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Old 04-26-2011, 01:09 PM   #8
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I use this method, and a lot of old towels and elbow grease! It won't be perfect in any sense of the word, but it will "feather" the peeling.
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Old 04-26-2011, 06:18 PM   #9
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Oh awesome, its worth a try.
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Old 04-26-2011, 07:46 PM   #10
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Oh awesome, its worth a try.
Considering the "option" is about 5k to remove the awnings, roof air, all vents and markers, strip the old clearcoat, re-do and re-install everything. "Geez, Aunt Edna, I thought I was your favorite nephew!"
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Old 04-26-2011, 08:03 PM   #11
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I think 5 years ago I would have posted about early-90s Airstreams which had failing clearcoat. I guess your experience brings that up to what we'd expect for mid- and later-90s 'streams by now. Outside storage & natural ultraviolet will bring about penetration right through to the bonding layer and ultimate separation. Given the age, I'm not sure that inside storage and regular usage would provide any measure of preserving clearcoat. The milled aluminum finish underneath can be polished some say -- though not as easily as 60s & 70s coaches. The high cost of reapplying is inevitably shorter lasting than the OEM clearcoat. It might be time to think about how you will handle life with aluminum -- and without plastic. Something about stripping down to the beltline appeals...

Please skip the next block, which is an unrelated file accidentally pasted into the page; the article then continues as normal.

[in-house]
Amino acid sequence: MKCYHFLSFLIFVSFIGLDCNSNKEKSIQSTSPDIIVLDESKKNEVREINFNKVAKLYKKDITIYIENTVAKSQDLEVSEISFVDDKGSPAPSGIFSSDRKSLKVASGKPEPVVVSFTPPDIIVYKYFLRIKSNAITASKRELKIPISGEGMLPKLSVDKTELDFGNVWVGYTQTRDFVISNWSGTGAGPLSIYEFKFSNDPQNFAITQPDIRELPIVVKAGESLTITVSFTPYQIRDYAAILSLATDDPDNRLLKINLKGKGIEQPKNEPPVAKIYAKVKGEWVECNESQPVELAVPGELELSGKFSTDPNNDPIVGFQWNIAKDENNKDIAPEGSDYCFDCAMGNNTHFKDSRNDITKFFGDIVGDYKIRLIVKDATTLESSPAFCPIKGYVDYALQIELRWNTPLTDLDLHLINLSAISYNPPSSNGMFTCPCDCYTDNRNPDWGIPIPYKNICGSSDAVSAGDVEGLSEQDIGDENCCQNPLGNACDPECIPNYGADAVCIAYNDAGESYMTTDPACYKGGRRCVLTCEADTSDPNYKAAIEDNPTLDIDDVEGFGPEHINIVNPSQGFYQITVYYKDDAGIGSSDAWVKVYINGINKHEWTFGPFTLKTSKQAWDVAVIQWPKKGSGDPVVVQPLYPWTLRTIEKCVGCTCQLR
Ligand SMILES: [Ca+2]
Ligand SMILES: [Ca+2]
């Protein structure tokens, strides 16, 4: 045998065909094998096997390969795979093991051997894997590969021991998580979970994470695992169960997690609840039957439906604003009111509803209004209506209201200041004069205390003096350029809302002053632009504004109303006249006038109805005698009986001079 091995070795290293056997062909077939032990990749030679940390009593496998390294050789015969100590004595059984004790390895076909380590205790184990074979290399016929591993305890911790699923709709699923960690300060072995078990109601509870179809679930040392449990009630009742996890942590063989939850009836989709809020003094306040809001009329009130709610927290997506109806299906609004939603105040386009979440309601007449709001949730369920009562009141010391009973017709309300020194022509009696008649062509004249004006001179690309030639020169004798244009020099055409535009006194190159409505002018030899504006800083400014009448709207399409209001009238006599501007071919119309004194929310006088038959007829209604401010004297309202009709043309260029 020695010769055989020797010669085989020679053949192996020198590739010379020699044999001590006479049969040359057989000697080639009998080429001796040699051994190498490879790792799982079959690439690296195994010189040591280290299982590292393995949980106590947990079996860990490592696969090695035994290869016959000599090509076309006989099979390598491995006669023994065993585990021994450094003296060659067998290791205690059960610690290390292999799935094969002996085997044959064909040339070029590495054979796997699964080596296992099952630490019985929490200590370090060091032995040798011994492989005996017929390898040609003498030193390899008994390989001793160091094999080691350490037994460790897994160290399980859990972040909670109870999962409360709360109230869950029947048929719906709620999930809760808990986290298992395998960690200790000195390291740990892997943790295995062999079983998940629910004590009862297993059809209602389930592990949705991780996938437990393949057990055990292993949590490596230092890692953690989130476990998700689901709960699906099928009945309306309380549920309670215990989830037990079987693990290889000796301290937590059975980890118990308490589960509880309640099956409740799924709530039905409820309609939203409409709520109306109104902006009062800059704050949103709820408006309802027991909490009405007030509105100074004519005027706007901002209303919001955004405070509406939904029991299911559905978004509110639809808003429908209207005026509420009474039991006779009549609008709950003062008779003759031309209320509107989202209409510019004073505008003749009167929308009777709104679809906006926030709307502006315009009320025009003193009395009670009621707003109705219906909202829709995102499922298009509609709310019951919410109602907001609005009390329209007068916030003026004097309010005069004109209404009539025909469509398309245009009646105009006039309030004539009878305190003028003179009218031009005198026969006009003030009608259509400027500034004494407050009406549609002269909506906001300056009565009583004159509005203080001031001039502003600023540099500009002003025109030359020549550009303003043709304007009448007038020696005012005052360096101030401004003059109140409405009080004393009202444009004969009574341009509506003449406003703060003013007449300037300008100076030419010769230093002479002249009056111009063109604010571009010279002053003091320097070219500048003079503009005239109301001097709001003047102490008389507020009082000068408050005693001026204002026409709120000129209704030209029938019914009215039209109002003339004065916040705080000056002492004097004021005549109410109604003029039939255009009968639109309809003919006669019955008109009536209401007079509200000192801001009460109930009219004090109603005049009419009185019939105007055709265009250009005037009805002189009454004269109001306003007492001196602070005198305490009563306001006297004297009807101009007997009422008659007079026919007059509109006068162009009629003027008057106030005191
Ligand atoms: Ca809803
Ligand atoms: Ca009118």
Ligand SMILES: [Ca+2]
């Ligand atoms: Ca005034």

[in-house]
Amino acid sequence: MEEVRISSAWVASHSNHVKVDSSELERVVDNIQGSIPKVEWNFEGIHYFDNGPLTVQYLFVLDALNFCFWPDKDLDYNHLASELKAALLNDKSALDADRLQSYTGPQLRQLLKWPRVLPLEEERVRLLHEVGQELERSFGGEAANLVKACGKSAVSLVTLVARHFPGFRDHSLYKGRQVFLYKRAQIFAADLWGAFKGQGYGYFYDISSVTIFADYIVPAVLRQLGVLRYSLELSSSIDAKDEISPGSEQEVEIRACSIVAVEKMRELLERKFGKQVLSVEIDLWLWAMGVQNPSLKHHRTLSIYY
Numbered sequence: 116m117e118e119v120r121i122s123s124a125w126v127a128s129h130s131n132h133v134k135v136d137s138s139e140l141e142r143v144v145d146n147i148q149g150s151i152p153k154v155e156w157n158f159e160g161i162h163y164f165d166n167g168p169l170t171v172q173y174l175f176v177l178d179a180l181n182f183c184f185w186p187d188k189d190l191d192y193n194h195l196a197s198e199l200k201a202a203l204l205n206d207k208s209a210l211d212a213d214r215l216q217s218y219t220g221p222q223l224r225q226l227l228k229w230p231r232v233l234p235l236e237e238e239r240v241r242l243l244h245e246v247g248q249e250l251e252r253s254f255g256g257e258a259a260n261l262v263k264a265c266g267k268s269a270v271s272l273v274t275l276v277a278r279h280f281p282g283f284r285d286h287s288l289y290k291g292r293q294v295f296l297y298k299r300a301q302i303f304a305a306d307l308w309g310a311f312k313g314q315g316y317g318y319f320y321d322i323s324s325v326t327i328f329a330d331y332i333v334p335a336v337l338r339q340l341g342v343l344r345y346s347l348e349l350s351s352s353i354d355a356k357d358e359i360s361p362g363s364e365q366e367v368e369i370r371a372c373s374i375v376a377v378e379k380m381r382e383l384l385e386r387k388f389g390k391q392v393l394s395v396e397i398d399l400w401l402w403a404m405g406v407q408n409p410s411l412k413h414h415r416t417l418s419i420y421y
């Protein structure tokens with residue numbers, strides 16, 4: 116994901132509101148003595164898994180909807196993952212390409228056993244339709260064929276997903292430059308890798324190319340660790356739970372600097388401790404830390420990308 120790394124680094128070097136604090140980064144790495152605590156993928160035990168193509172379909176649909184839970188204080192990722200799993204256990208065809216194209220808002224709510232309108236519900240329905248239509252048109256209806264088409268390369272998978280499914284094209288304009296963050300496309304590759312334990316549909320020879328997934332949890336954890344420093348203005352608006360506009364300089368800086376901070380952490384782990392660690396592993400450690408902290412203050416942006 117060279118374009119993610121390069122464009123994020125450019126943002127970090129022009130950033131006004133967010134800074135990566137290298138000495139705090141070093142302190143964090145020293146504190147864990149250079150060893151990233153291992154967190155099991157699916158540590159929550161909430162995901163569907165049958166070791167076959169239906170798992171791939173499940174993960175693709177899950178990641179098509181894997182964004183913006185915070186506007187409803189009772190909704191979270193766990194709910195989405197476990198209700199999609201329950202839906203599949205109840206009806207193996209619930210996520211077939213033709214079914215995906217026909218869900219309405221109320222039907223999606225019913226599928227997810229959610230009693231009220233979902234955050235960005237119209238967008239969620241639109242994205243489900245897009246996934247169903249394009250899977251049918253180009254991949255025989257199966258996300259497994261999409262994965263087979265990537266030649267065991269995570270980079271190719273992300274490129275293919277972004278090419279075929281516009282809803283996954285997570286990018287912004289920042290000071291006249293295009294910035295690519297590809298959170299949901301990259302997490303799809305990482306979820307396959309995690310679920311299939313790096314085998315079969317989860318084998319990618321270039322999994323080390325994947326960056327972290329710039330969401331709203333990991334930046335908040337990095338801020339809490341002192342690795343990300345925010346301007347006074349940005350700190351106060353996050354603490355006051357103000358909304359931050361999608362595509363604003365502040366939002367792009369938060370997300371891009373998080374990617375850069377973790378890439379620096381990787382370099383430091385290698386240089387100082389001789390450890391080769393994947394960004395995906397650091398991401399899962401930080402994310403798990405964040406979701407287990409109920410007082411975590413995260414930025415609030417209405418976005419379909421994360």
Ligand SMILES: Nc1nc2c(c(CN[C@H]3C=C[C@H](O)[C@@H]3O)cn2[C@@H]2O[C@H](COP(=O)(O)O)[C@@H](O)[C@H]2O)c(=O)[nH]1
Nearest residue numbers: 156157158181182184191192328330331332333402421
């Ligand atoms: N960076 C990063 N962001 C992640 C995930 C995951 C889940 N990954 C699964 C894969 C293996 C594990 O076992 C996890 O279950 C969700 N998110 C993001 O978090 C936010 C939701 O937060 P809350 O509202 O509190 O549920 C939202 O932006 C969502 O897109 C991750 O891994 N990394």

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Old 04-26-2011, 08:20 PM   #12
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The high cost of reapplying is inevitably shorter lasting than the OEM clearcoat.
Yup, true that! Here's a pic of the clearcoat done by a AS outlet after the front deer-damaged skin was replaced. The clearcoat is five years old and getting worse by the minute.
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Old 04-26-2011, 08:48 PM   #13
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I'd rather polish ours, but I'm curious about having an uncoated shell >1 mile from the Pacific. We don't have a lot of problems with salt at our home, compared to homes at closer to the water, but we do have more moisture than we did living in the Bay Area. I don't want the thing to simply dissolve.
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Old 04-26-2011, 10:07 PM   #14
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The clear coat on our '83 was redone some years ago by the PO, and is coming off the top like many others. When I removed the PO WBCCI numbers, I tried to clean some of the goo off with lacquer thinner. Sll went well until I used too much thinner and pressure.

Well guess what? The clear started coming off the center panel, where it had already started pealing. I used more thinner and removed all of the clear from that panel, leaving the factory satin finish.

That was two years ago, and that center panel still looks great.
Next job, remove the clear from other panels where it has started to come off due to age.

No clear coat, no polish.